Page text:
Lo-Melkhiin killed three hundred girls before he came to her village, looking for a wife. When she sees the dust cloud on the horizon, she knows he has arrived. She knows he will want the loveliest girl: her sister. She vows she will not let her be next.
And so she is taken in her sister’s place, and she believes death will soon follow. Lo-Melkhiin’s court is a dangerous palace filled with pretty things: intricate statues with wretched eyes, exquisite threads to weave the most beautiful garments. She sees everything as if for the last time. But the first sun rises and sets, and she is not dead. Night after night, Lo-Melkhiin comes to her and listens to the stories she tells, and day after day she is awoken by the sunrise. Exploring the palace, she begins to unlock years of fear that have tormented and silenced a kingdom. Lo-Melkhiin was not always a cruel ruler. Something went wrong.
Far away, in their village, her sister is mourning. Through her pain, she calls upon the desert winds, conjuring a subtle unseen magic, and something besides death stirs the air.
Back at the palace, the words she speaks to Lo-Melkhiin every night are given a strange life of their own. Little things, at first: a dress from home, a vision of her sister. With each tale she spins, her power grows. Soon she dreams of bigger, more terrible magic: power enough to save a king, if she can put an end to the rule of a monster.
A Thousand Nights was a total shock to me. And by shock, I mean that I wasn’t even going to read it. Not that I didn’t want to, but that I was grabbing it for my daughter first. But since she was reading something already, I decided to read it before her. And let me tell you, this book was amazing. I was totally engrossed in this story. The scenery was so well developed, I felt like I could actually see everything. The stars, the colors, the clothes…It was so beautiful, even if it’s only in my imagination. E.K.Johnston has a way of telling this story and making you believe that you’re in the story.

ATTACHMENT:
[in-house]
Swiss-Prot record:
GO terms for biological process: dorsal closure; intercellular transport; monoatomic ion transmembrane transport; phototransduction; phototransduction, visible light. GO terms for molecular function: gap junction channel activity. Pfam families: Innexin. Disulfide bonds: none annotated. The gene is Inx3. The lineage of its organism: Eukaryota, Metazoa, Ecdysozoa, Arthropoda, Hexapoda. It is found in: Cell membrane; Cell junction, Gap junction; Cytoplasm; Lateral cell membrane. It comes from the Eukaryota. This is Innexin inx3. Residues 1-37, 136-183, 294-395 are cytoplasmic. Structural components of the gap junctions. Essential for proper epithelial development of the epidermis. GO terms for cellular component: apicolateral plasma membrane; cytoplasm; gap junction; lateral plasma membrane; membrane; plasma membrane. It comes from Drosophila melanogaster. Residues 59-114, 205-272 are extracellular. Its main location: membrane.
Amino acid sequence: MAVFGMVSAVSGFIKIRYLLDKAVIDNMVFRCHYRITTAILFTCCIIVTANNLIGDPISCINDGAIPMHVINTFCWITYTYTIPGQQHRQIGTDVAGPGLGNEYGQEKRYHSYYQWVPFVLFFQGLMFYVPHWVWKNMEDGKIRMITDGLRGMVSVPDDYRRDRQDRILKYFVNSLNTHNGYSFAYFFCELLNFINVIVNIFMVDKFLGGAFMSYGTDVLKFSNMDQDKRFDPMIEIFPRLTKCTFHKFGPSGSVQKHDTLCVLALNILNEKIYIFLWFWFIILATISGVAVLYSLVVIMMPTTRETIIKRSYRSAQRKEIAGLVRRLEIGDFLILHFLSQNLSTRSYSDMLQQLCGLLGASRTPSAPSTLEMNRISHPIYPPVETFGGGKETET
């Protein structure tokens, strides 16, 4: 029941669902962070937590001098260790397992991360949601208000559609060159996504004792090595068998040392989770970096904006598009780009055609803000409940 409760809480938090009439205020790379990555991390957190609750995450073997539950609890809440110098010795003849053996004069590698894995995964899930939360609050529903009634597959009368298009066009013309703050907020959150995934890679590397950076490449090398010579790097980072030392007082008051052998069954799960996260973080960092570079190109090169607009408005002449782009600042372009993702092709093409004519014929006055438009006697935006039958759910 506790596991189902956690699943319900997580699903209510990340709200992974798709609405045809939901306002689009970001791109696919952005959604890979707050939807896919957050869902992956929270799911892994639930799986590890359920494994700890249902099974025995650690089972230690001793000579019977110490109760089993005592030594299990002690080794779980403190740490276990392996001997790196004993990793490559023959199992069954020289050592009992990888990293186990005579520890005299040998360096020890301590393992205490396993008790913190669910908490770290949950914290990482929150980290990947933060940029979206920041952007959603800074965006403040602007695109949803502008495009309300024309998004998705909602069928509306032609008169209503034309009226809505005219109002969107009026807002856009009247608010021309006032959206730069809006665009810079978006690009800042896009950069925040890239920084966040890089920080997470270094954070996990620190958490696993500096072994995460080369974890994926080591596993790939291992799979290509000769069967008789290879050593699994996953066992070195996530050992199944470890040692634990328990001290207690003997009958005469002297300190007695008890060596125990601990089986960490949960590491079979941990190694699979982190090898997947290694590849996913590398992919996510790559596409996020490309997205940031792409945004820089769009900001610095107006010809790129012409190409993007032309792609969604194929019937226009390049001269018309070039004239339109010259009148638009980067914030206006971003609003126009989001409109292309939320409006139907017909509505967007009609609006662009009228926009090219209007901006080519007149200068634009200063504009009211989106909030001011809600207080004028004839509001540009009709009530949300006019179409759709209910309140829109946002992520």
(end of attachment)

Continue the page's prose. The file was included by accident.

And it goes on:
Since I only have vague knowledge of the Thousand and One Nights tale, I was going into this sorta blind. But I think that made this story even more special to me. A clean slate, if you will. No preconceived ideas. And I think that actually helped me enjoy it more, honestly.
I think the best part of this story, for me, was that is wasn’t about love, in the sense of romantic love, but about familial love. My teens and their friends like stories about girls who can kick butt, but they’re not always fans of the romance aspect. They want adventure and intrigue. This book will make them SUPER happy. This girl loved her sister and wanted to save her from a certain death. And in volunteering, that way she did, she ended up changing the world around her and bringing an end to this horrible tradition, if you will.
I was lucky enough to take my daughter to meet the author last week. My girlie sat next to me and listened to her talk and make jokes the whole time. When we got into the car, she turned and told me that she needs to read this book ASAP. I call that success. Now, do I let her use my copy with all the post its, or buy her another one….
At the signing we were told that, in December, she has another releasing another retelling called Spindle. Sleeping Beauty!! I can’t wait!!